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10 Best Practices for Small Business Operations Management

Running a small business requires talent, accountability, and a strong work ethic. As a business owner, you’re likely to wear multiple hats in the course of any given day. You may be focused on hiring one moment, sales the next, and operations management the moment after that. It can be a lot for anybody to handle.

At Select Funding, we love working with small business owners because we recognize the hard work and dedication it takes to keep any business operation afloat. Small business operations management is a frequent topic of conversation because improper management can be a detriment to any company.

One way to avoid operations issues is to adhere to best practices. Here are 10 best practices for small business operations management to follow.

What is Small Business Operations Management?

Small business operations management involves the process of administering business practices to maximize efficiency in the day-to-day operations of a business. While the primary concern is with business practices, operations management (OM for short) may also refer to improving the efficiency of manufacturing processes, including converting labor and materials into goods and services.

With effective operations management, it’s possible to reduce costs and maximize the profits of any business. Another way to look at operations management is that its purpose is to balance costs with revenue to maximize net profits.

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What is a Business Operations Manager?

A business operations manager is a person whose responsibility it is to streamline and oversee operations. They may have a hand in many different aspects of a company’s operations, including hiring, budgeting, contracts, and more.

The work of a business operations manager falls into these four categories:

  • Financial Information and Budgets. The business operations manager plays a significant role in budgeting and should be involved to make sure that money is being spent efficiently. On an ongoing basis, they should monitor expenses and engage in cost-benefit analysis to avoid overspending.
  • Supply Chain and Inventory. Another part of a business operations manager’s job is to oversee supply chain and inventory. They should keep an eye on the cost of raw materials as well as inventory and supply chain efficiency to be sure that everything is operating smoothly and customers aren’t left waiting for products.
  • Workflow and Staffing. Staffing is one of the keys to operational efficiency, so it makes sense for the business operations manager to oversee staffing and hiring. They may also review operational workflows to maximize efficiency and take a hand in employee morale and discipline, too.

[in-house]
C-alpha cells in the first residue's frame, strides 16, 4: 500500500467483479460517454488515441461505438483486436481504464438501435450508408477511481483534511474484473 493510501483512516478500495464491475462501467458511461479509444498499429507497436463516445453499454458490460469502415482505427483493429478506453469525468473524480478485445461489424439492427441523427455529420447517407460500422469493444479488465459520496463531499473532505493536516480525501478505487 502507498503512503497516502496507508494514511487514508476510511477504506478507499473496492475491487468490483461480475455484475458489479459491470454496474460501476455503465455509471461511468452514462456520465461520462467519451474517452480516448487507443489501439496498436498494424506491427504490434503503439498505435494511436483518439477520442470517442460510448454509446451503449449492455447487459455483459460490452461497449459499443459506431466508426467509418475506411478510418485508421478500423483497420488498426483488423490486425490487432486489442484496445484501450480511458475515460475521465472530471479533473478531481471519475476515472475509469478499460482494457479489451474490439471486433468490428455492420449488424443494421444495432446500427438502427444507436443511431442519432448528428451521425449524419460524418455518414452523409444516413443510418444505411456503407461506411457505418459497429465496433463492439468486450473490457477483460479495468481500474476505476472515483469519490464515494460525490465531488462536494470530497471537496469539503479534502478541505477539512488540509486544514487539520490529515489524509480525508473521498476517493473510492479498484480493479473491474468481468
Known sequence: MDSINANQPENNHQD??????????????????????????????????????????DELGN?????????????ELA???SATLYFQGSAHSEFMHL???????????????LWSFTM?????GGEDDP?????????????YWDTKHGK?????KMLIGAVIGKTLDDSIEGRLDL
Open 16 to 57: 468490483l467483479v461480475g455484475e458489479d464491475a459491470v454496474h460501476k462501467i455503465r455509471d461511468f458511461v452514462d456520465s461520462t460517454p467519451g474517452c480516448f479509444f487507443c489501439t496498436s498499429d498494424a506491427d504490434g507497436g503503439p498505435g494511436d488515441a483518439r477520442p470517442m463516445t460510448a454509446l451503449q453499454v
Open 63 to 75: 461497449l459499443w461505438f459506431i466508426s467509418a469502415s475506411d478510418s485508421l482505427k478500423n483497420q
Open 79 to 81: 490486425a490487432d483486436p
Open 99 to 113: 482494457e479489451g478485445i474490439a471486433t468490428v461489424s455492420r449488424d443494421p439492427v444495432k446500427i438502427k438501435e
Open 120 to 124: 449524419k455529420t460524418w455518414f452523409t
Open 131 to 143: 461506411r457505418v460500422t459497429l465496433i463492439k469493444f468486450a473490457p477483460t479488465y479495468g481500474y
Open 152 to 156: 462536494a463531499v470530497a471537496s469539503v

• Big-Picture Thinking. When you put the first three responsibilities together, what you get is a single person who is in the best possible position to have a big-picture view of the organization and its operations. The business operations manager can and should understand everything that’s going on and use their unique position to analyze situations and opportunities and provide insights to leadership.

When a small business operations manager is hired, they have the potential to revamp a company’s operations and increase profits by streamlining processes and eliminating inefficiencies.

Why is Small Business Operations Management Important?

Before we reveal some best practices for small business operations management, let’s review some of the ways in which making operations management a priority can help your small business.

Quality Control

Without quality control, it can be difficult for small businesses to hold onto customers and build a reputation for their brand. The right small business operations manager will improve quality control by streamlining the acquisition of supplies and standardizing production to make sure that every product you create is up to your standards.

Reduced Operating Expenses

Out-of-control spending is often a contributing factor to small business failure, so it stands to reason that one of the key benefits of operations management is controlling and minimizing expenses. An operations manager might handle negotiations with suppliers and have a hand in hiring expenses, both of which can contribute to keeping costs under control.


Business inefficiencies can cut into your profits by causing production delays and impacting customer service. Small business operations management focuses on increasing productivity by clearing roadblocks that might get in the way.

Customer Satisfaction

While customer satisfaction might not seem to be at the forefront in a discussion about minimizing costs and operating expenses, the opposite is true. Proper operations management puts customers’ satisfaction first by improving services, speeding production times, and reducing costs–all of which impact the way customers feel about your business.